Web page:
Chapter 1: Meet the new boss, not the same as the old boss

January 12, 2018 | Nestor Aparicio

the New England Patriots. Belichick, who is known to have a keen eye for talent and a hard-charging style as a manager of coaches, players and the game plan, openly volunteered a ringing endorsement of Harbaugh to Bisciotti based on conversations they’d shared at the NFL combine each year in Indianapolis.

“Belichick called and said, ‘I understand you’re interviewing John Harbaugh and I think he’s one of the brightest guys I’ve ever met,’” Bisciotti said. “He said, ‘We sit together at the combine every year and I don’t waste my time with guys who don’t teach me something. It never fails that John teaches me something.’ He then said, ‘I don’t have any skin in the game, but I want you to know that this obscure guy is not so obscure in league circles. I have a personal relationship with this guy and I think he’s ready, he’s right.’ ”

When Bisciotti finally met Harbaugh for the interview on January 18, 2008, there was an instant, natural conversation and genuine warmth when he said “call me Steve.”

Once again it was an exhaustive interview process, but Harbaugh and Bisciotti were having more fun talking about the possibilities and Harbaugh’s vision of leadership as the conversation continued to expand and meander.

Harbaugh’s thoughts on football, Bo Schembechler, his family, his family’s values and background in football, his faith in God, his respect for Andy Reid, his ability to obtain and lead quality coaches, who his ideal candidates were for coordinator and position coaches, his role with the media and in the community.

It was all discussed.

“The more we threw at him the more he enjoyed it,” DeCosta said. “It was obvious that everyone would enjoy working with him. Everyone just liked him and it was very natural.”

He talked about growing up a coach’s kid. He talked about Doyt Perry, Earl Blaik, Fielding Yost and football philosophy and history and coaching theory. He studied it and told Bisciotti and the committee that it’s how he was raised with his brother and sister.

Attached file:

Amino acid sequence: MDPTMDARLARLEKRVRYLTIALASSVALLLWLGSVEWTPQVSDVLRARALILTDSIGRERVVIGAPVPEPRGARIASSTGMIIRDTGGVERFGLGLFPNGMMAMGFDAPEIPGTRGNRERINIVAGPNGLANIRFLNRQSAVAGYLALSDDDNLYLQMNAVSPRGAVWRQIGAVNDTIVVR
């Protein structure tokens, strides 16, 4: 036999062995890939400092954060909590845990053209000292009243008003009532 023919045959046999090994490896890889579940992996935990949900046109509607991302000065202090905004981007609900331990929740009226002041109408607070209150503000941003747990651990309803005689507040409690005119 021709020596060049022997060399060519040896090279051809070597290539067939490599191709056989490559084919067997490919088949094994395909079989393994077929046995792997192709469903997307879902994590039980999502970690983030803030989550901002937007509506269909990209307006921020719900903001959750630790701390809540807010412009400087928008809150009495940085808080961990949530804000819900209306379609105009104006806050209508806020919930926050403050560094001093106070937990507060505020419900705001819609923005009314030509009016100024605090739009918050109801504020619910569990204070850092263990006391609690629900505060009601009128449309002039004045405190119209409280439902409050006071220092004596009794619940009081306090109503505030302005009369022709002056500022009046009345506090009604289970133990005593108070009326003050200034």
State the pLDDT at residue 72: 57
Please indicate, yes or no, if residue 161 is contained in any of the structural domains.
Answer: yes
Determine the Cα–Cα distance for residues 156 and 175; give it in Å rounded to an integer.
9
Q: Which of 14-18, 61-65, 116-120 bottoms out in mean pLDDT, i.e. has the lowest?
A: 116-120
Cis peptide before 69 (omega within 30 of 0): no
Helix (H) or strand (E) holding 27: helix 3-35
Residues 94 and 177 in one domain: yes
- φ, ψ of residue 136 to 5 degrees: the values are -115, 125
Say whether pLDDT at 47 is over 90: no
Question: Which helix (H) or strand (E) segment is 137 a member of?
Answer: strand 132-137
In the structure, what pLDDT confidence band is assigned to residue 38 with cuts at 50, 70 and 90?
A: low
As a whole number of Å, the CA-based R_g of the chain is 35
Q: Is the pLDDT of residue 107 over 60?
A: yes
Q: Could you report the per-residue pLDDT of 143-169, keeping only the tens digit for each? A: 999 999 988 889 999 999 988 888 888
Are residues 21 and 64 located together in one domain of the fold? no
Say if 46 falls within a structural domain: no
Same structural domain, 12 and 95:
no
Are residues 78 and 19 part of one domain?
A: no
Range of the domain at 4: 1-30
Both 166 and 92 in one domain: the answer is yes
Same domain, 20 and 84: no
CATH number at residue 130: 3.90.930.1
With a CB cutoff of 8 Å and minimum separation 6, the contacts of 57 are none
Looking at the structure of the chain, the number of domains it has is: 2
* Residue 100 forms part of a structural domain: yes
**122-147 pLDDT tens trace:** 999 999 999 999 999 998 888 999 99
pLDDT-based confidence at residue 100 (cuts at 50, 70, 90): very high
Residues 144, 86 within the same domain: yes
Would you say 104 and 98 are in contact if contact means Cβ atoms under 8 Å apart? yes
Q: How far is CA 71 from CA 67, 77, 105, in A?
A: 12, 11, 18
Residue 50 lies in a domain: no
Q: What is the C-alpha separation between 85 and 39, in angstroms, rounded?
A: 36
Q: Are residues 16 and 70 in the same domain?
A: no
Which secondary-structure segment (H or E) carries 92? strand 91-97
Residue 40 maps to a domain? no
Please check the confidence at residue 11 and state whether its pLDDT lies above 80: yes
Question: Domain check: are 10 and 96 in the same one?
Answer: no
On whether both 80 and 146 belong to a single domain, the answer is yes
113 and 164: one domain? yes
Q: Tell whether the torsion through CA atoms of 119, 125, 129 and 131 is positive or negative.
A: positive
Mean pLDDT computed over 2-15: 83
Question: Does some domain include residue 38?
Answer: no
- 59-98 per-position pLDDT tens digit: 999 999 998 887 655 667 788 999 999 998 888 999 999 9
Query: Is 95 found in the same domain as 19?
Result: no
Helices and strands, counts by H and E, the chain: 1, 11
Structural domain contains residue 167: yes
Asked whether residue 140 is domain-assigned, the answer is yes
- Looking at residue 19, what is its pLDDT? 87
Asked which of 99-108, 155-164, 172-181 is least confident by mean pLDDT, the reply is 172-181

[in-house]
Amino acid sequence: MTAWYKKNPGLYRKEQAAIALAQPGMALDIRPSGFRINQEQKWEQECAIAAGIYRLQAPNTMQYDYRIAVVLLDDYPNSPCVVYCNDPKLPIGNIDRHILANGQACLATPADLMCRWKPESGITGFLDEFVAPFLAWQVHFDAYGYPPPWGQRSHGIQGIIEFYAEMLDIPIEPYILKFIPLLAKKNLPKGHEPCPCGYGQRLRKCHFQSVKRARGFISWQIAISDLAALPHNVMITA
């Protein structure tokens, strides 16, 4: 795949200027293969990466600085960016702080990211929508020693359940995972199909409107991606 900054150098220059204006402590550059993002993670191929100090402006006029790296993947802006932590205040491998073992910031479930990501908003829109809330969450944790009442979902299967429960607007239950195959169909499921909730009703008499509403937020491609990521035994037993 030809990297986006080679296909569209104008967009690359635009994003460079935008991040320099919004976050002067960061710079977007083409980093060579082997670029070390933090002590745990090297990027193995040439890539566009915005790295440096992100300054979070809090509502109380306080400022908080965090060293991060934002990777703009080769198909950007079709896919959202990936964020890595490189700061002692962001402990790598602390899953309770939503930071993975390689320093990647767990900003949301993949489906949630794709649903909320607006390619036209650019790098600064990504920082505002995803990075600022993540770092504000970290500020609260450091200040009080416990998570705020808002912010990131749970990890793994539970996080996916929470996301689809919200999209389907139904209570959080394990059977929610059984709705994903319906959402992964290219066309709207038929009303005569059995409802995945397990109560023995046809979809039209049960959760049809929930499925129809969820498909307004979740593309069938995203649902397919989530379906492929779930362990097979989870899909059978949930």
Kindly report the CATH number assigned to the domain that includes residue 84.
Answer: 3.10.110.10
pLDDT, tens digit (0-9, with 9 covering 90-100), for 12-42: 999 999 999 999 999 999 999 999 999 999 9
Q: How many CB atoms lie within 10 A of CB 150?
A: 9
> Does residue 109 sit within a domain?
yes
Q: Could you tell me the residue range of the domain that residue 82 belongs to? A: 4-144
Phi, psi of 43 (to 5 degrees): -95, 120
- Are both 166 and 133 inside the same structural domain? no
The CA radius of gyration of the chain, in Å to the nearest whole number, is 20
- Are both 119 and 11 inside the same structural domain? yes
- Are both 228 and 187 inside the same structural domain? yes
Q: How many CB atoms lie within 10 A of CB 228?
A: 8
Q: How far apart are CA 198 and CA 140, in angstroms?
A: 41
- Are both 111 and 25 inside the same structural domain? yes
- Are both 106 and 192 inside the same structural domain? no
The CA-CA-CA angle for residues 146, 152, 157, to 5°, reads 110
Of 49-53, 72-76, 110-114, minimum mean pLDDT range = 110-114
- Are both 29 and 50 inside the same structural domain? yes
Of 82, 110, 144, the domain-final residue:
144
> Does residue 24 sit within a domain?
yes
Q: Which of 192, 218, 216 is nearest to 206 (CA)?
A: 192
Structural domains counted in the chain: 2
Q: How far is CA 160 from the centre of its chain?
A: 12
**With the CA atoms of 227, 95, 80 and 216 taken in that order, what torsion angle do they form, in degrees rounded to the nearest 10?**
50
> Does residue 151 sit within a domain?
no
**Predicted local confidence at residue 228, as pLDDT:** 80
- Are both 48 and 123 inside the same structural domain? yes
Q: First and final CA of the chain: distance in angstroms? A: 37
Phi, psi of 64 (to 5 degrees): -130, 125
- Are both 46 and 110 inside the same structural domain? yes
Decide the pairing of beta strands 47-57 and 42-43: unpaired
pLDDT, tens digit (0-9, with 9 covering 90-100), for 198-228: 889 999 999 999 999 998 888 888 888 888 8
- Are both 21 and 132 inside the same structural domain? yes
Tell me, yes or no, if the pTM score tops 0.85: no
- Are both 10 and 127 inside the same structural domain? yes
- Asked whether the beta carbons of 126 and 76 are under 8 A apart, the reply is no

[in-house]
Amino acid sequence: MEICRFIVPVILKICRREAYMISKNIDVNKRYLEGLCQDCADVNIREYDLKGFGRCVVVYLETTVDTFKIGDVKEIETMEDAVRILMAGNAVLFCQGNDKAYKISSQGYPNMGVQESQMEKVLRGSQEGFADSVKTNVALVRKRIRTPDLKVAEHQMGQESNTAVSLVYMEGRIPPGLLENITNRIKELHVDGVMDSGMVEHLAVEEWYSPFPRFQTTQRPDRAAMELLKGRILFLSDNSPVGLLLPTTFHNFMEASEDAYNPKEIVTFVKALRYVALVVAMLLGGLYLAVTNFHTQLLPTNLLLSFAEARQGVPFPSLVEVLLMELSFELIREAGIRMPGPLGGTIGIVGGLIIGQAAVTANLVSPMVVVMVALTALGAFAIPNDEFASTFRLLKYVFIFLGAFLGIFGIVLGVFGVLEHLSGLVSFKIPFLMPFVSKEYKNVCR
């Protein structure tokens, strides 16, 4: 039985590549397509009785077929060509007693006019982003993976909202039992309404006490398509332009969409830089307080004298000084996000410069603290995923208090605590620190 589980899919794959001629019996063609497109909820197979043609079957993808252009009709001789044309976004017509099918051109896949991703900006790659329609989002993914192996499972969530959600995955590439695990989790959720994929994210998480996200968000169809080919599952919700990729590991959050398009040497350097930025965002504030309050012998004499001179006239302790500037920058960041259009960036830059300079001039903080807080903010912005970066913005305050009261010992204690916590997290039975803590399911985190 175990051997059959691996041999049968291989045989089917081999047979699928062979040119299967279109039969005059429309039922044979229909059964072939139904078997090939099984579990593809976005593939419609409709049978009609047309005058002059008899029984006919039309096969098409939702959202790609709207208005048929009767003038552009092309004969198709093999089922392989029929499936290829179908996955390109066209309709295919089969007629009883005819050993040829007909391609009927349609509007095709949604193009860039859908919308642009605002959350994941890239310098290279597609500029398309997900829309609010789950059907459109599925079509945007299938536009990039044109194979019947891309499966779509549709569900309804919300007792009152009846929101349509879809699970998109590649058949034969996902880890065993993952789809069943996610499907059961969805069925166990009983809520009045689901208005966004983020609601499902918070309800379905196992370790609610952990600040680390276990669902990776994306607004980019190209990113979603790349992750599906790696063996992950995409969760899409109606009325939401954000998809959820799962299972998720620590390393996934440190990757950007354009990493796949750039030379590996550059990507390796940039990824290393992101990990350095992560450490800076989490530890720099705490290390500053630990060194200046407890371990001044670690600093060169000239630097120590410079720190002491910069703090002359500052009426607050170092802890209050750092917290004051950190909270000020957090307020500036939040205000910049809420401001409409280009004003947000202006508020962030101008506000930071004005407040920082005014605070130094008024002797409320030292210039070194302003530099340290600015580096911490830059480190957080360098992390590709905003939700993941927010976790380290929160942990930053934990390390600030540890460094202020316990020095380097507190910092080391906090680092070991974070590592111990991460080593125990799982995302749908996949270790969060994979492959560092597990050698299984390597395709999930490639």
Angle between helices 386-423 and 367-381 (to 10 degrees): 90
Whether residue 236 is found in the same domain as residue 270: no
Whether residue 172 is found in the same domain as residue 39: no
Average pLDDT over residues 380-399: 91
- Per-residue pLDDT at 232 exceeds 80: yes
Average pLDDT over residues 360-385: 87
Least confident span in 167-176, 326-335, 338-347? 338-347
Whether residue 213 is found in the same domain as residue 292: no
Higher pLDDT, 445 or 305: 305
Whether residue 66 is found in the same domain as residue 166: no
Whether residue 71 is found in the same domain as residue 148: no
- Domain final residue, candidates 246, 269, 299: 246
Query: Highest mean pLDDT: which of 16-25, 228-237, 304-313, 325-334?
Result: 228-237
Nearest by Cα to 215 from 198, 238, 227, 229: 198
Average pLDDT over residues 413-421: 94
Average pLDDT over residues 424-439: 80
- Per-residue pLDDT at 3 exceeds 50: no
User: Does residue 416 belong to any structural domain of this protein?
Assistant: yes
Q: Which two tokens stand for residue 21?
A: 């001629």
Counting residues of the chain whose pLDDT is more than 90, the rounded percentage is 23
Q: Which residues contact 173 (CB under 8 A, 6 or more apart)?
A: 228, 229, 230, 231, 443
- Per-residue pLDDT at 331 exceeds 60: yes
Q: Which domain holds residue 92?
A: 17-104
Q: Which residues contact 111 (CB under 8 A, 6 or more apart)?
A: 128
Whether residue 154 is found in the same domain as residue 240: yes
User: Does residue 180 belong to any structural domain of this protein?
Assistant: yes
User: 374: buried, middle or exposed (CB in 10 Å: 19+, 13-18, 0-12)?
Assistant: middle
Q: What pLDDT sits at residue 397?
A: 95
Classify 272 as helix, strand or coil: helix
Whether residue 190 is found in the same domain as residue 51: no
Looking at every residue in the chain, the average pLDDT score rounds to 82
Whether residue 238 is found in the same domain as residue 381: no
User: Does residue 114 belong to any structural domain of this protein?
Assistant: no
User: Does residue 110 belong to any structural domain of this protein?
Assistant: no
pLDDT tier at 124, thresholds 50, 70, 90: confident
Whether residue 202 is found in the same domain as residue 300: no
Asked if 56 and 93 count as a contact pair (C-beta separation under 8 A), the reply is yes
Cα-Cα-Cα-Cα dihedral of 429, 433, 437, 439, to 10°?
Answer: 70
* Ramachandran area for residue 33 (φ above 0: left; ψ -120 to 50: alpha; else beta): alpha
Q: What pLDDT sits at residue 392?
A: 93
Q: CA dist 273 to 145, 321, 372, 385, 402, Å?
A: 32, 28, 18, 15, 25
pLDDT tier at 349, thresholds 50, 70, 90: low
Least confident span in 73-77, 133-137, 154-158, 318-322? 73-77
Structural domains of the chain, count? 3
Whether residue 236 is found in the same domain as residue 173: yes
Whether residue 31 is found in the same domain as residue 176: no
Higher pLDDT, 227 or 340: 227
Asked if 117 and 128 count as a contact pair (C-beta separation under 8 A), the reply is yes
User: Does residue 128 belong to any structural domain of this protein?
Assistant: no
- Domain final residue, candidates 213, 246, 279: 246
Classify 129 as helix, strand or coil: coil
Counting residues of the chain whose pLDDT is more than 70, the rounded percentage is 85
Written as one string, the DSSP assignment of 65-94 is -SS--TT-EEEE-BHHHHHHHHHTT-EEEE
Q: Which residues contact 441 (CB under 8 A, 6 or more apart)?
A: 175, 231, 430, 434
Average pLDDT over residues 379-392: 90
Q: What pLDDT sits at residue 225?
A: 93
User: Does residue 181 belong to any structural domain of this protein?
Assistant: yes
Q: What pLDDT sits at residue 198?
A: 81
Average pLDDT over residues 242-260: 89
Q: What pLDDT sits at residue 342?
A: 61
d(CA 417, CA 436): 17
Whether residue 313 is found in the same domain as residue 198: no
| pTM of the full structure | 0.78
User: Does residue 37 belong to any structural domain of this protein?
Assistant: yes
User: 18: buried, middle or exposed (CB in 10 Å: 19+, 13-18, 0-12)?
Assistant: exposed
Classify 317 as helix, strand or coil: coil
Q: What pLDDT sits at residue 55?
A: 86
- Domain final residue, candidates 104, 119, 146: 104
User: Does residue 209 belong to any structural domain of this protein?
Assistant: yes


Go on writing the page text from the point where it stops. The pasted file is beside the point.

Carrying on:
All of the mantras and values he’d later try to instill in Baltimore Ravens players he brought to the table in what several in the room called “the best job interview I’ve ever seen.”

“There are no secrets,” Harbaugh told the room. “There are no geniuses — coaching or playing. It was about hard work, being a team, taking care of one another, having each others’ backs and raising each other up. And working really hard, every day. My message will be clear: stay loose, stay focused and be accountable.”

And he said it all in a voice like he’d said – and heard – this speech thousands of times already in the voice of Schembechler or Harbaugh Sr., affectionately known as “Dad” around the house.

More and more the men in the room – all of them – pictured what Baltimore Ravens head coach John Harbaugh would really look like in front of their room and on their sidelines and in their building every day. And they liked what they’d seen and heard and liked every reference they had on this impressive football lifer.

Bisciotti left the room.

Twenty minutes later, Bisciotti came back into the room and said to John Harbaugh: “What kind of head coach will you be for the Baltimore Ravens?”

Harbaugh told him. “If I’m the head coach of the Ravens, it’ll be all about the team, the team, the team.”

Bisciotti said: “Then, I want you to be my head coach.”

And with a handshake and a smile, it was done.

“Part of why I got hired was that Steve and I just hit it off,” Harbaugh said. “When I showed up here I really didn’t think I was getting the job. Then, I felt like I had made a friend. I loved what he was saying and what he stood for and what he wanted the Baltimore Ravens to be moving forward. We knew we wanted the same things and that made it comfortable.”

Harbaugh signed a reported four-year, $8 million deal to be the new head coach of the Baltimore Ravens and went about moving his family to Owings Mills and attempting to hire a robust coaching staff. After moving into his new office, maintaining Rex Ryan as the defensive coordinator was the first order of business.

There was no doubt that Ryan was crushed to not get the head coaching job of the Ravens after the firing of Billick and this would be a very sensitive meeting. Ryan had also unsuccessfully interviewed for the vacant head coaching jobs in